The Ivory Coast battle over ambassadors has moved to Washington where supporters of internationally-recognized President Alasanne Ouattara apparently forced the Ivorian embassy to shut down. Incumbent Ivory Coast President Laurent Gbagbo is refusing to step down following elections in November, despite growing outside pressure including from diplomatic postings.
Protesters were hoping to storm the embassy and take down Mr. Gbagbo's photograph inside the Ivory Coast embassy in Washington.
But military guards refused them access, telling them the embassy was shut down for the holidays until January 3.
So instead the protesters put up a sign in French reading the "Ivory Coast ambassador has fled, Mr. Gbagbo is a rebel," outside the entrance.
Protesters had gotten a permit for the demonstration, and some said they believed this led to Ivorian authorities being alerted. Several police cars milled around.
But one of the protest organizers Yacouba Kone considered Thursday's action a victory.
"They decided to close because we were coming to do a demonstration, because they are scared of us," said Kone. "This is a victory for us because, running away, it is like a war, when you run away, you are scared, so we won. Surely they know that they are not [representing] the legitimate president of Ivory Coast so they are scared, and we will come back another day for the demonstration."
Several families and individuals who came by to pick up visas or deliver paperwork were turned away. A call to the embassy for comment was not answered.
Earlier in the week, an embassy spokesman said the ambassador previously appointed by Mr. Gbagbo, Charles Koffi was still at his desk working, but there was no sign of him at the compound on Thursday.
The protest in Washington follows similar protests around the world.
Countries where Ivorian embassies have been disrupted include France, Mali and Belgium, while this week an ambassador named by Mr. Ouattara received his credentials at the United Nations.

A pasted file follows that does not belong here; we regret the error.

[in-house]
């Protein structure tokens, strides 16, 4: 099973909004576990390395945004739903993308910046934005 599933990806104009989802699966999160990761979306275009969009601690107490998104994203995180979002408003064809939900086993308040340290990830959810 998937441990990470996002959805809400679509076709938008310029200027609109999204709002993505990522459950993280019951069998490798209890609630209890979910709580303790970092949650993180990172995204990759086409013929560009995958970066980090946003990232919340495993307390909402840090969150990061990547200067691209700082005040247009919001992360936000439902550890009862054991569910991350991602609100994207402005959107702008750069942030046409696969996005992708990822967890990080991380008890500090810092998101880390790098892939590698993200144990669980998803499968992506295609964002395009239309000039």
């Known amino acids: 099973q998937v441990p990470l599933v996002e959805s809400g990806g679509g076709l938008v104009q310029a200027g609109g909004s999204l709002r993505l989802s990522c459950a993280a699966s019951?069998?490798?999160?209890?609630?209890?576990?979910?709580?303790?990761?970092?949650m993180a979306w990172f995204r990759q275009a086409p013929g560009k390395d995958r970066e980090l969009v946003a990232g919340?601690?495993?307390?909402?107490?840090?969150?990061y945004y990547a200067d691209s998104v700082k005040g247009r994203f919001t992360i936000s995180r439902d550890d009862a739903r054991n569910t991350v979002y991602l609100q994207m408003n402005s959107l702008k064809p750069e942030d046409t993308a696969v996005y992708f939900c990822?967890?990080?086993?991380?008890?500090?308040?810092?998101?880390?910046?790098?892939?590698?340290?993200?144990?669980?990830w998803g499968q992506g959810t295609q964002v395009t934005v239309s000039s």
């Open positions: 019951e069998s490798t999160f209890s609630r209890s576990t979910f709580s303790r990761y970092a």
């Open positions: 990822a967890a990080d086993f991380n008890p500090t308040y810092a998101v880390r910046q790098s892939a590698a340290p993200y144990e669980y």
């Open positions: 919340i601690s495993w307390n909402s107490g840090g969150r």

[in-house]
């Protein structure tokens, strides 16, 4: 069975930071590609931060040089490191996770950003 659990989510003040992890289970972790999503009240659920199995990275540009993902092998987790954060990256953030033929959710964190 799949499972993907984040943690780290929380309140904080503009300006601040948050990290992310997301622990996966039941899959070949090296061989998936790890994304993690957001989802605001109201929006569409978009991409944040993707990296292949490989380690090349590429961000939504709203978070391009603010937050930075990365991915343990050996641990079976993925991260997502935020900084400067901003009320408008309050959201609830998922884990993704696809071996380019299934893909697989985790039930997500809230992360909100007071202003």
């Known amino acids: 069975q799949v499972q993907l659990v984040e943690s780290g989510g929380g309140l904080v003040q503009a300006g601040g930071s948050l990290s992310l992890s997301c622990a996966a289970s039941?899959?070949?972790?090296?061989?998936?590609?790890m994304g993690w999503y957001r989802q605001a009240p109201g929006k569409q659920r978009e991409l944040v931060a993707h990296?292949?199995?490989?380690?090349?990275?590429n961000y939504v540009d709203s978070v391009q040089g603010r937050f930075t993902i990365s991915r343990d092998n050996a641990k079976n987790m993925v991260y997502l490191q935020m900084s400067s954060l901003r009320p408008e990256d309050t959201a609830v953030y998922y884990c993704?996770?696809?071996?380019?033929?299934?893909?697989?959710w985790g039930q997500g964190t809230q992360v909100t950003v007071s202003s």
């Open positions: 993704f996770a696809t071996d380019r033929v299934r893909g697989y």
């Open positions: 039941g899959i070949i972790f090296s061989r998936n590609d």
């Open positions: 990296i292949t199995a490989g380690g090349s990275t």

European countries and the United States have also said they are ready to work with diplomats appointed by Mr. Ouattara. Ivorian state media threatened that if that happens they will expel diplomats from those countries from Ivory Coast.
The Ivorian election commission and the United Nations declared Mr. Ouattara the winner in last month's election in an election partly organized by the world body. But the Ivorian constitutional council threw out votes from the Ivory Coast rebel-held north, giving victory to Mr. Gbagbo.
U.S.-based Africa analyst J. Peter Pham says although these diplomatic disputes are grabbing headlines, he does not believe they alter the balance of power in southern Ivory Coast, where Mr. Gbagbo still controls the army, cocoa fields, state media and ports.
"It does not solve [Mr.] Ouattara's basic problem," said Pham. "The fact is his base of support is in the north. He has very little support in the south in the military and in the government bureaucracy so even if [Mr.] Gbagbo bows out tomorrow he is going to have a very difficult time governing with a government bureaucracy that looks very suspiciously upon him."
Mr. Ouattara has gotten the reins of Ivorian accounts in international banks, trying to strangle the pay of government workers who support Mr. Gbagbo. He remains holed up in a hotel in the main southern commercial city Abidjan, under the protection of U.N. peacekeepers and former rebels.
Meanwhile, the incumbent president has recruited two high-profile French lawyers, Jacques Verges and Roland Dumas in his latest strategy to stay in power. His aides say he is trying to have his election victory upheld in West African and other international courts.
The U.N-sponsored election was supposed to end an eight-year division in Ivory Coast, but instead has exacerbated tensions and led to new violence, including repeated attacks by pro-Gbagbo forces targeting pro-Ouattara neighborhoods in Abidjan.